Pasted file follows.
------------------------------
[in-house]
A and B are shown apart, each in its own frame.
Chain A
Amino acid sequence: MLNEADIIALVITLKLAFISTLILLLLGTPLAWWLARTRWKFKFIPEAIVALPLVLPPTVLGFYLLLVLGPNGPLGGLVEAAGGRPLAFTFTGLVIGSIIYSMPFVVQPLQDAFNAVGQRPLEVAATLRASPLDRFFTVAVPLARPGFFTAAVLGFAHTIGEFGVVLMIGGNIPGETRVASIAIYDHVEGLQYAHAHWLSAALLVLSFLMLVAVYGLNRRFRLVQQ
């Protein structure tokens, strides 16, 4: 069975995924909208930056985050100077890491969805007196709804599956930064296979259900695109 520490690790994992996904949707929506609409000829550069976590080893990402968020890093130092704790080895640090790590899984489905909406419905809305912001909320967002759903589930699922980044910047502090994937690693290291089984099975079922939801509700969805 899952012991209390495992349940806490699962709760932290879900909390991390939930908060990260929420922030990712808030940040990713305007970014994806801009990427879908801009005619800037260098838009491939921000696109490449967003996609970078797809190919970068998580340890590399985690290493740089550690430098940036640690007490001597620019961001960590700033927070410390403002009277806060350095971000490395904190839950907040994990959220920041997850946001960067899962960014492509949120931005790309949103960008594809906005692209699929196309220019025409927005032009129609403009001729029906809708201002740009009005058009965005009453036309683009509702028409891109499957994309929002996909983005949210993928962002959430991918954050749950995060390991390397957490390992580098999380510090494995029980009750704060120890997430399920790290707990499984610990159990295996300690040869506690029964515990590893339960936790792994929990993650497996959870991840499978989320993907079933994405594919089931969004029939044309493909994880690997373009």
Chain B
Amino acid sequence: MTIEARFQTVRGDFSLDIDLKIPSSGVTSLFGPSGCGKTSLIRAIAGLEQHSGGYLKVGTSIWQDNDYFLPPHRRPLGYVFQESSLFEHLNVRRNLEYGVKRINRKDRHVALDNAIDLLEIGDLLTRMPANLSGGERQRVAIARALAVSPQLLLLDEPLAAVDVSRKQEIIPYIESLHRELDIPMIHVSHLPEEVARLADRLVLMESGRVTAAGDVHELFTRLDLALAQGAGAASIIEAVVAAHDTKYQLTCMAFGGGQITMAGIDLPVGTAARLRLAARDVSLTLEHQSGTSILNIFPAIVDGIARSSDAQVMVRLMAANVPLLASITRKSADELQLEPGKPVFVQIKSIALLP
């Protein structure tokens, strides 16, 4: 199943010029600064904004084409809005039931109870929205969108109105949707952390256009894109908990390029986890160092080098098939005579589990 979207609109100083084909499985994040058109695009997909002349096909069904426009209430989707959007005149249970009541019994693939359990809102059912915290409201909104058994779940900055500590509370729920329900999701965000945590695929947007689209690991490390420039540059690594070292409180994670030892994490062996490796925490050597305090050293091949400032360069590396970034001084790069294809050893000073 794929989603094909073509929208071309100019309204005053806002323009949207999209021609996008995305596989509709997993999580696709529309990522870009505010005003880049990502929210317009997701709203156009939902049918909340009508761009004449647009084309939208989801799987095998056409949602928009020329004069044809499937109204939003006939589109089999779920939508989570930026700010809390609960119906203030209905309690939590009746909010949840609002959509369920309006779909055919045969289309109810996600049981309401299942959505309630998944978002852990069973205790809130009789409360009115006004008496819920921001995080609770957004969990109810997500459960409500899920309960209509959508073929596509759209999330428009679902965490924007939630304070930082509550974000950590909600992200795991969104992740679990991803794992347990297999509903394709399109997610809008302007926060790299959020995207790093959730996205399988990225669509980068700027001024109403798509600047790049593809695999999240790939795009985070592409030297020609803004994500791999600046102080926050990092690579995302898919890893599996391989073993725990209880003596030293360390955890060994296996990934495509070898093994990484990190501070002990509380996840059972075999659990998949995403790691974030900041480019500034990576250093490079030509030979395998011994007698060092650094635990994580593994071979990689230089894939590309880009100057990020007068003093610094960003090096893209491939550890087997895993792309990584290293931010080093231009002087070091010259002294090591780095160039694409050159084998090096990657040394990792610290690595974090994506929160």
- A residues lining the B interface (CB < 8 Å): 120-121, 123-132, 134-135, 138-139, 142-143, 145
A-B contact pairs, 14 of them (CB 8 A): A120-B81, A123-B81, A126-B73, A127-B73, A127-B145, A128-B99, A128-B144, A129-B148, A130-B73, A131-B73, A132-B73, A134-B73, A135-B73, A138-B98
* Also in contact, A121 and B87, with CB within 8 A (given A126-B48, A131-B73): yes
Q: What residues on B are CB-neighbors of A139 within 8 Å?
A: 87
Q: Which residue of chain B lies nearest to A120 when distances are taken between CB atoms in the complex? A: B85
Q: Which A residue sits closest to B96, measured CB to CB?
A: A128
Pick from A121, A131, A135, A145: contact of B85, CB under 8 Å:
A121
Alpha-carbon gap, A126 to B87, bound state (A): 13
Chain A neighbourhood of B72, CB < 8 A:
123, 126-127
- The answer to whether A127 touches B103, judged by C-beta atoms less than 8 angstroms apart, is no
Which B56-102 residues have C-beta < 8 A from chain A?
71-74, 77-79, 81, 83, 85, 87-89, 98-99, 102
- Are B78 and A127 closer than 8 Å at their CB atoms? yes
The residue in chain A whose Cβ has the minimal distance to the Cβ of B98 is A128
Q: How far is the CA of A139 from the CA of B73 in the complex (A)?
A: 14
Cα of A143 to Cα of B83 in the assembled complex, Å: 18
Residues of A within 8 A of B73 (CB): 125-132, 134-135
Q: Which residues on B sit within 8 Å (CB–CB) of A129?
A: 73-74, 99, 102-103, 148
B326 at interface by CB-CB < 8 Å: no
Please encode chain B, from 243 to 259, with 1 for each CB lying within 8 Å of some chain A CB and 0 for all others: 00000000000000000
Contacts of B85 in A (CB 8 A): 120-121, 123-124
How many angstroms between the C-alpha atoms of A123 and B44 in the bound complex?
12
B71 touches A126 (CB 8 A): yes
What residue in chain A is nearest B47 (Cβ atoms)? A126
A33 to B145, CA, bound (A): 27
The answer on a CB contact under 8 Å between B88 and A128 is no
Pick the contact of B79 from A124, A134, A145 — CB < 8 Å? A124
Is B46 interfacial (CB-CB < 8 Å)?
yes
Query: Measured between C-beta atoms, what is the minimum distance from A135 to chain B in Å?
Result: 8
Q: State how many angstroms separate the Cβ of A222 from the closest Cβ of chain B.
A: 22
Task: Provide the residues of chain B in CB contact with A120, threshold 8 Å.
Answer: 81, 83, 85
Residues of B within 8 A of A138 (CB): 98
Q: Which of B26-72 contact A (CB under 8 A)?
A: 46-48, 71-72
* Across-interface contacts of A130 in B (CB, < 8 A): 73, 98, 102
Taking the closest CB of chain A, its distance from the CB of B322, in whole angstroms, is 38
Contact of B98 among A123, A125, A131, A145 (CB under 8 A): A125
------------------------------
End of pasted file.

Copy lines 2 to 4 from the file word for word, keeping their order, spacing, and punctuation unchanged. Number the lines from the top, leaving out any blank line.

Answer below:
A and B are shown apart, each in its own frame.
Chain A
Amino acid sequence: MLNEADIIALVITLKLAFISTLILLLLGTPLAWWLARTRWKFKFIPEAIVALPLVLPPTVLGFYLLLVLGPNGPLGGLVEAAGGRPLAFTFTGLVIGSIIYSMPFVVQPLQDAFNAVGQRPLEVAATLRASPLDRFFTVAVPLARPGFFTAAVLGFAHTIGEFGVVLMIGGNIPGETRVASIAIYDHVEGLQYAHAHWLSAALLVLSFLMLVAVYGLNRRFRLVQQ